2010-04-03 - Betrayal
Psalm 41:9, Even my close friend, in whom I trusted, who ate my bread, has lifted up his heel against Me.
The betrayal of Christ is certainly one of the events in history that goes down as worst of all. A close friend betrayed him. One who was part of His close group of friends, the twelve, betrayed him. There is much that could be said here, but today I would like to look at three of the types in the Old Testament, three who were betrayed in a similar manner as Christ was, and are in this way types of Christ.
The first is Joseph. As Judas sold Jesus for the price of a slave, so was Joseph was sold by his brethren into slavery. Come and let us sell him to the Ishmaelites and not lay our hands on him; for he is our brother, our own flesh. And his brothers listened to him. In like manner, Judas sold Jesus. Notice that Judas did not even sell Jesus for a set price. Judas says, What are you willing to give me, to deliver Him up to you, Matthew 26:15. Judas gets what he can for Jesus. The chief priests get a bargain. In the act of being sold, Joseph is a type of Christ.
Another figure from the Old Testament, who was bound by his own countrymen and given over to those who sought him, was Samson. We have come down to bind you, so that we may give you into the hands of the Philistines, Judges 15:12. The 3000 men of Judah who came to Samson spoke this (Judges 15:11). Judas was but one, but he went a little further and betrayed Christ with a kiss. It seems a little thing, but it is a great offense. A kiss is the way that one would greet a king or ruler. Judas acknowledges Christs kingship, in the act of betrayal. Certainly, Samson is also a pre-figure of Christ, in this sense, as those who were closest to him were the ones who turned him over.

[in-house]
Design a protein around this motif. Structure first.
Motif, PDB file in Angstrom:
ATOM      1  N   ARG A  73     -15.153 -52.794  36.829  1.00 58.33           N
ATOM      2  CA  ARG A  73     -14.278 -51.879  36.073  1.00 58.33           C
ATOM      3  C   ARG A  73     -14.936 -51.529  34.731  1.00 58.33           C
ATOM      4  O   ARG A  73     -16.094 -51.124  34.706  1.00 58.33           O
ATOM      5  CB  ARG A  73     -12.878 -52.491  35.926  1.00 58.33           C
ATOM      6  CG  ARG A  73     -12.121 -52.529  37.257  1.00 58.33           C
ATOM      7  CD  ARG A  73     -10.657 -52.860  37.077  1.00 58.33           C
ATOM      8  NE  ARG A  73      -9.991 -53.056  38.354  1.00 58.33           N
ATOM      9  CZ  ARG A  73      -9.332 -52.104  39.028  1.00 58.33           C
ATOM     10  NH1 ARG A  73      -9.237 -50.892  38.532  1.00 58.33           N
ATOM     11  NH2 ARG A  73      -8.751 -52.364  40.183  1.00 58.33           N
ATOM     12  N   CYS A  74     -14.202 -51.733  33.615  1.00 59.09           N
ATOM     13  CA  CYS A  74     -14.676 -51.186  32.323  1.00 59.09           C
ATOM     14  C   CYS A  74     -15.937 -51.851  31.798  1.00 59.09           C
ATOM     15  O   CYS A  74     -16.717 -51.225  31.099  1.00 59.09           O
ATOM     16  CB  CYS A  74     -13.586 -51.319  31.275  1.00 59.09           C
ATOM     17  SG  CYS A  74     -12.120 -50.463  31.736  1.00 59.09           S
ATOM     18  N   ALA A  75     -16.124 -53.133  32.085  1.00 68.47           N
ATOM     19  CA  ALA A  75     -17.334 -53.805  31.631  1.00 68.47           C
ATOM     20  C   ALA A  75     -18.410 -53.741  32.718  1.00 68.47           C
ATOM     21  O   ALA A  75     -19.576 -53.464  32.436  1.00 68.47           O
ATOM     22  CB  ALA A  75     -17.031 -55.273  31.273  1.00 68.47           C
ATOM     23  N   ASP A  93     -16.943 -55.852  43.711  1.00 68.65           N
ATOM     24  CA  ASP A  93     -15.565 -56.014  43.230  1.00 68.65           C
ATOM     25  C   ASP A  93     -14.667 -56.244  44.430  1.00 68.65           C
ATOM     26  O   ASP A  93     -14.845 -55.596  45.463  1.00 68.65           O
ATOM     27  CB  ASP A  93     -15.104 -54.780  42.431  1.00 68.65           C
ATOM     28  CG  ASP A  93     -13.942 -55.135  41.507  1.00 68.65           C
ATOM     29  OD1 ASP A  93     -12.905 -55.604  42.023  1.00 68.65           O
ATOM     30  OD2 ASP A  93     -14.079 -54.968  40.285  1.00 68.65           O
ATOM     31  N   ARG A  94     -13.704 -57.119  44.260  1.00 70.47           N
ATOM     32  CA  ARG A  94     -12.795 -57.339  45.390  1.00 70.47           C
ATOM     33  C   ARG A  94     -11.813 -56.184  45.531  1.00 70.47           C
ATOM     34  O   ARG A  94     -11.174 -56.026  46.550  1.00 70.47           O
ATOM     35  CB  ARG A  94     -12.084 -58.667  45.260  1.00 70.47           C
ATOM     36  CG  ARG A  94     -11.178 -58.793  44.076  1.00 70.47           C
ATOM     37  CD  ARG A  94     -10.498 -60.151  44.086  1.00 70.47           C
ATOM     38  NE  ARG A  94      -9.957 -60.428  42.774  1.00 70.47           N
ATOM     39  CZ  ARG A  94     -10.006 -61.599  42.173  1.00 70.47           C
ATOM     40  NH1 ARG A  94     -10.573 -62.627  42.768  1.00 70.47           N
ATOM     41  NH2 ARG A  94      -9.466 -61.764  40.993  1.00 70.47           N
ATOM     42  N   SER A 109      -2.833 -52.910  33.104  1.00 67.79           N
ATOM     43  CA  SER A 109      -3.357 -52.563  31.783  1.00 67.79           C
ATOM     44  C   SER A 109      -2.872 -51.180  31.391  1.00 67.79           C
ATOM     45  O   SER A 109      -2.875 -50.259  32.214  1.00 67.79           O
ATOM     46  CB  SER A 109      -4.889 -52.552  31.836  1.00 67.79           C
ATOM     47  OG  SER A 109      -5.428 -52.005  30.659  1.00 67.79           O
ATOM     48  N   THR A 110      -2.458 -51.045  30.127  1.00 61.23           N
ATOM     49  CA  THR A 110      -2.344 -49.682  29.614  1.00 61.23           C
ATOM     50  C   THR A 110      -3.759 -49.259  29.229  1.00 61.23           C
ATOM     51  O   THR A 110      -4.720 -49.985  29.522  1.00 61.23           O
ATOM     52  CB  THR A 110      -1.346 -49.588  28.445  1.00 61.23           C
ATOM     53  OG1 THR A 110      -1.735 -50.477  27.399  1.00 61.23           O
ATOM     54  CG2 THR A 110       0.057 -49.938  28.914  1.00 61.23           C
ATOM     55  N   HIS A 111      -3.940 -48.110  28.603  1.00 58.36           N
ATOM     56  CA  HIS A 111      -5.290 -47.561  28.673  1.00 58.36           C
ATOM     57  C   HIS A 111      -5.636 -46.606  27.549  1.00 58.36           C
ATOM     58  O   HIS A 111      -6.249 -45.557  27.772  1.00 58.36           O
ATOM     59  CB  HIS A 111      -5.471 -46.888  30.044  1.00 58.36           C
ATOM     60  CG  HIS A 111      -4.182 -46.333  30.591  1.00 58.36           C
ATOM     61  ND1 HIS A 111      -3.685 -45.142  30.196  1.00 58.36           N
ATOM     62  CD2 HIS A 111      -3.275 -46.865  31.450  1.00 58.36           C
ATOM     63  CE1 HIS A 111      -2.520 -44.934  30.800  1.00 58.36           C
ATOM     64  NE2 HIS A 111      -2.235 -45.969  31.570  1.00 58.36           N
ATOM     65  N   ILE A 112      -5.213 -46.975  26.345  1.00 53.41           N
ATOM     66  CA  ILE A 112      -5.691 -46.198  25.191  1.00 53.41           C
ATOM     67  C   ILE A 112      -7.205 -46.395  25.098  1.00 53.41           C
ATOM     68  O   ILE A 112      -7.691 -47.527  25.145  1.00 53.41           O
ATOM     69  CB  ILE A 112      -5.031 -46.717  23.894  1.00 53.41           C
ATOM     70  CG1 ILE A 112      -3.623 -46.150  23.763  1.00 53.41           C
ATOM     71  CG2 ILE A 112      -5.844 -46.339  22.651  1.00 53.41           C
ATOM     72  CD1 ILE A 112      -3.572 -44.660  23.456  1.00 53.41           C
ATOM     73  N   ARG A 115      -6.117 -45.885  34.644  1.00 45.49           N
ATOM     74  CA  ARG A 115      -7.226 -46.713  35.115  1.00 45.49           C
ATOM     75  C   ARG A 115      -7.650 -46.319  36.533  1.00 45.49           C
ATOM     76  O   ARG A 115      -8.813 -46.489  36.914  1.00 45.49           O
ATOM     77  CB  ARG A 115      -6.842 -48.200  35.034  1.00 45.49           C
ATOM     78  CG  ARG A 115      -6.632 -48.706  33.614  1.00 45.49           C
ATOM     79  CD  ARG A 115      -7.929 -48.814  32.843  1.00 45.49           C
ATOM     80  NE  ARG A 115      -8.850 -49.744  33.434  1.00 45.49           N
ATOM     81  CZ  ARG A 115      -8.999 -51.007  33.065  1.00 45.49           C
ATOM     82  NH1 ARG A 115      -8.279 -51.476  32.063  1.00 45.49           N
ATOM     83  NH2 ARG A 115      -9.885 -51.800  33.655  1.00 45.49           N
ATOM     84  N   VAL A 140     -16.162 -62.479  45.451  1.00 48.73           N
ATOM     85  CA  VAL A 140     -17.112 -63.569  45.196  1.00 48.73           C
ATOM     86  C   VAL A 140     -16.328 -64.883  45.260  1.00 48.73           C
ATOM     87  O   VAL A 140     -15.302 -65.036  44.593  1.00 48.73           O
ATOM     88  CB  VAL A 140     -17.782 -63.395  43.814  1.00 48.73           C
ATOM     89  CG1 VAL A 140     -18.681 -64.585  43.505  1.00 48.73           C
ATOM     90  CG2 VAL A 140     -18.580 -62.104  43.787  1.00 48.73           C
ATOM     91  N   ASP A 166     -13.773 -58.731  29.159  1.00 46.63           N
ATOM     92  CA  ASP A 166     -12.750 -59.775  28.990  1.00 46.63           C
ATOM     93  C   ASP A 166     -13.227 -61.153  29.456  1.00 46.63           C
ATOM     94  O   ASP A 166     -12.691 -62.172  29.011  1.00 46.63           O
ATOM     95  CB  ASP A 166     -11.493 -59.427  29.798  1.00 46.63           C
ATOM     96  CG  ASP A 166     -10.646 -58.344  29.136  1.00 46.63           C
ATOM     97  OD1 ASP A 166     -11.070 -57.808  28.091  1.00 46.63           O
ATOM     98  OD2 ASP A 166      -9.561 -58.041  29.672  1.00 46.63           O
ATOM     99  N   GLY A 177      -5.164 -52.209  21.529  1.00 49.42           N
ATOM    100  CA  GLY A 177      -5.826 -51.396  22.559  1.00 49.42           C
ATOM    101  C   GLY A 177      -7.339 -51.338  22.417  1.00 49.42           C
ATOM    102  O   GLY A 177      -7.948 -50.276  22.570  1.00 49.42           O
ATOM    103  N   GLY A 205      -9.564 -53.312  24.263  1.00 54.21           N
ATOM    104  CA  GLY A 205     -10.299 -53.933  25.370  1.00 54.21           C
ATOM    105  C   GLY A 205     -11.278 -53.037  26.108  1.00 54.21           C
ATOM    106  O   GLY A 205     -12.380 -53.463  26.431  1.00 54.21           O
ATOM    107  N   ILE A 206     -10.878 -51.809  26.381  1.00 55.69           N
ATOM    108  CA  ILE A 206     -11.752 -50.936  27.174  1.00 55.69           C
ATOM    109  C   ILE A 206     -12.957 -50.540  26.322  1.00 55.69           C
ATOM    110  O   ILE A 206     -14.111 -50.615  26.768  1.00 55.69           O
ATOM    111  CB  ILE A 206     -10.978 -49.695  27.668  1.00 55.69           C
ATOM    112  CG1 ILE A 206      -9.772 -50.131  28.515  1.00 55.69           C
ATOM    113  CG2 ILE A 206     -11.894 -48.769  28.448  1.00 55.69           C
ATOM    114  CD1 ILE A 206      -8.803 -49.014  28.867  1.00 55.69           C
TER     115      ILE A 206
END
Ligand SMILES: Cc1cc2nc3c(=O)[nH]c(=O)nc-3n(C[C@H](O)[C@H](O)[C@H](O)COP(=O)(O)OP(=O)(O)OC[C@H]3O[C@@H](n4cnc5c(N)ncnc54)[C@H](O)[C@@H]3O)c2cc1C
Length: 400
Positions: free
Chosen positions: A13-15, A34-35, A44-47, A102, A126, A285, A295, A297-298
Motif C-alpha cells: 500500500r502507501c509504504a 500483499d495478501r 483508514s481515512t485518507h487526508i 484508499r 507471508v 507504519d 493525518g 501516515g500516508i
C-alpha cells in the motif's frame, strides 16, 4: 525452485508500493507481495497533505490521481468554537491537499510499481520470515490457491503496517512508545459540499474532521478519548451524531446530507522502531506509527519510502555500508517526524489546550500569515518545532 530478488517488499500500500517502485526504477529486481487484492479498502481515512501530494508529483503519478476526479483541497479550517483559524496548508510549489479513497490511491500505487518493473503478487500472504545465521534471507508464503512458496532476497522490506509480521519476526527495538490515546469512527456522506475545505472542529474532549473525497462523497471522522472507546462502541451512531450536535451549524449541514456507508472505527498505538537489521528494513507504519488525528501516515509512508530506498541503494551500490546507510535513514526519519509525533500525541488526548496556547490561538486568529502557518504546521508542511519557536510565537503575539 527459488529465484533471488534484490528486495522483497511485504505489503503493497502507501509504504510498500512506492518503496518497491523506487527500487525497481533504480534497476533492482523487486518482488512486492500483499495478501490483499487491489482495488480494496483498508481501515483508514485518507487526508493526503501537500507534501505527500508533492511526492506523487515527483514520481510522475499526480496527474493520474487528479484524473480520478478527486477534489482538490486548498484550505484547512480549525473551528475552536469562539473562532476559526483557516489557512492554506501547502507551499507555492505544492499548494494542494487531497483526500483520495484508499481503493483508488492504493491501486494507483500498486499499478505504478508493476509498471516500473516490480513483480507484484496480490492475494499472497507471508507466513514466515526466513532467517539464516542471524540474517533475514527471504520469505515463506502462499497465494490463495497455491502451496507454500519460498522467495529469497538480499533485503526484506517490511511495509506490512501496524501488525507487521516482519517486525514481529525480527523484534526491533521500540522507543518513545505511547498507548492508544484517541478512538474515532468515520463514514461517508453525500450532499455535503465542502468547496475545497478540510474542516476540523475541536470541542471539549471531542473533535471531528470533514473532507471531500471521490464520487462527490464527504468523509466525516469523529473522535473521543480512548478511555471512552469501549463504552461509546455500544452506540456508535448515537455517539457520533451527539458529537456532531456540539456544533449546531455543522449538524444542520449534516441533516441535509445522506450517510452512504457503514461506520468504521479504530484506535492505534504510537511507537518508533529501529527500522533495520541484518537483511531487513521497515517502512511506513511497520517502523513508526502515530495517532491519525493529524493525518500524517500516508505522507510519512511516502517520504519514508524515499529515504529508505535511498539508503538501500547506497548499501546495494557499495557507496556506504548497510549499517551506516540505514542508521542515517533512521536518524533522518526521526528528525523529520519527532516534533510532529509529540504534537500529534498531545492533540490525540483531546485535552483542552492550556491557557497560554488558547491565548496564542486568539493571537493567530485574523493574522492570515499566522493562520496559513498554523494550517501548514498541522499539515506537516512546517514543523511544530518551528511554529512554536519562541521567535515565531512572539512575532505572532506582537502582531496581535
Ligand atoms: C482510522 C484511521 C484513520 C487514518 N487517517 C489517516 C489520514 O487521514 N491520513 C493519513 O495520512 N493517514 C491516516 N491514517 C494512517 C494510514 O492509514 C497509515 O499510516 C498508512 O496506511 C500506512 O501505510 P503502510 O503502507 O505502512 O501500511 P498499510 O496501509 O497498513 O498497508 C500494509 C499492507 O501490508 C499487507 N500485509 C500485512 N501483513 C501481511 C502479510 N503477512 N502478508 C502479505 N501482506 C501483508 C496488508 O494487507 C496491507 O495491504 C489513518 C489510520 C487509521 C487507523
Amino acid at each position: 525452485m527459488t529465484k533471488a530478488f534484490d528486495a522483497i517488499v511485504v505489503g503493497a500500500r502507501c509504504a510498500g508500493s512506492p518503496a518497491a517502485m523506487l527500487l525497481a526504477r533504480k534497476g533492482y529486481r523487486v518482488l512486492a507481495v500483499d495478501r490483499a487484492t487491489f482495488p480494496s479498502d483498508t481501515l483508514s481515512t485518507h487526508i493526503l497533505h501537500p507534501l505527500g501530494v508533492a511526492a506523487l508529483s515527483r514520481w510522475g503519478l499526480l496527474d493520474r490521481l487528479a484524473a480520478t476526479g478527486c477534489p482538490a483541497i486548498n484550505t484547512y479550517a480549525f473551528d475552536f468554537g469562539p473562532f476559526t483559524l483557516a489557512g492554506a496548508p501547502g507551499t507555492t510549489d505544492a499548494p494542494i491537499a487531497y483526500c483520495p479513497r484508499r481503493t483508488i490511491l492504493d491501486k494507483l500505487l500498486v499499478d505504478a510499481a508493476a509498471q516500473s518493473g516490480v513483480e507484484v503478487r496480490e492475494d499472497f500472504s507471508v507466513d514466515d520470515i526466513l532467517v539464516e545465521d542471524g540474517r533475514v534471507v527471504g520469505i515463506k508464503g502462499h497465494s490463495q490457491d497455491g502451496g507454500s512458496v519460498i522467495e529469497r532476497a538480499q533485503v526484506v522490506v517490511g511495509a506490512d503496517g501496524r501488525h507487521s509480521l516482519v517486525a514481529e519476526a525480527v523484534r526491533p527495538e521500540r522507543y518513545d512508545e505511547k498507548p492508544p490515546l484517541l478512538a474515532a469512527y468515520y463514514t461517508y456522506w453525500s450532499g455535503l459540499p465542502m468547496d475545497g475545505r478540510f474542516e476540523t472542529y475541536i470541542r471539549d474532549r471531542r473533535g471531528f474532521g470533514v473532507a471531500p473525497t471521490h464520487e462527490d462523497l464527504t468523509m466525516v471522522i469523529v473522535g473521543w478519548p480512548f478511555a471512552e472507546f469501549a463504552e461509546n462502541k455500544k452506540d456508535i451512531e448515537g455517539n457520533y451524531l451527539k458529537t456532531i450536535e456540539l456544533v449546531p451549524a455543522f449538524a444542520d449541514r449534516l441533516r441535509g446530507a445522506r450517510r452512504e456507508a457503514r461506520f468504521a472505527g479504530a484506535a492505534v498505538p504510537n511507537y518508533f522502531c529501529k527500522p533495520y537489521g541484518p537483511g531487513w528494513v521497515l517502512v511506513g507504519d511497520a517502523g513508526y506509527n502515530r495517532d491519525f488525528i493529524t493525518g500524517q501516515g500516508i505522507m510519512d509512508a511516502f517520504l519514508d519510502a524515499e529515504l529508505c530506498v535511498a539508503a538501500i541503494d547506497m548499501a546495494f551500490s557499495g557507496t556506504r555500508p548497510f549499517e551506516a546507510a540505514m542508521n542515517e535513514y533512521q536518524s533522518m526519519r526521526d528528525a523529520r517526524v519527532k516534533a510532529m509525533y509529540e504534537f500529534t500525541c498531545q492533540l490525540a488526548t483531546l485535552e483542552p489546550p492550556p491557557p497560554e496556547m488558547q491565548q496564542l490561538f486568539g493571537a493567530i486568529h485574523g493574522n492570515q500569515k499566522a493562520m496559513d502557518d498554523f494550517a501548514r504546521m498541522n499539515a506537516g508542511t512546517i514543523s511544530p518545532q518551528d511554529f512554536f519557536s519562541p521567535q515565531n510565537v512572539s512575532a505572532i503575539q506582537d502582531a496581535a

Another Old Testament figure who was a type of Christ is David. David was a type of Christ in many ways, but also in betrayal. David was deserted by Ahithophel, who was a close friend and counsel. Now someone told David, saying, Ahithophel is among the conspirators with Absalom. And David said, O Lord, I pray, make the counsel of Ahithophel foolishness, 2 Samuel 15:31. In a similar way, Judas, who was a close companion with Christ and trusted with authority (he held the money bag), betrayed our Lord.
We have looked at three Old Testament types that pre-figure, in some manner, the betrayal of Christ. There are similarities, but they cannot really compare to the great injustice done by Judas. He had been a close associate of Jesus, but he was in it for himself. When he realized that Jesus was not going to be king, he followed his true heart's desire himself. We need to examine our own hearts. Why do we follow Jesus? Are we servants of Christ because we love Him, or are we seeking personal gain? Judas was seeking what Christ could do for him, not what he could do for Jesus.
Let none of us be like Judas.
Soli Deo Gloria,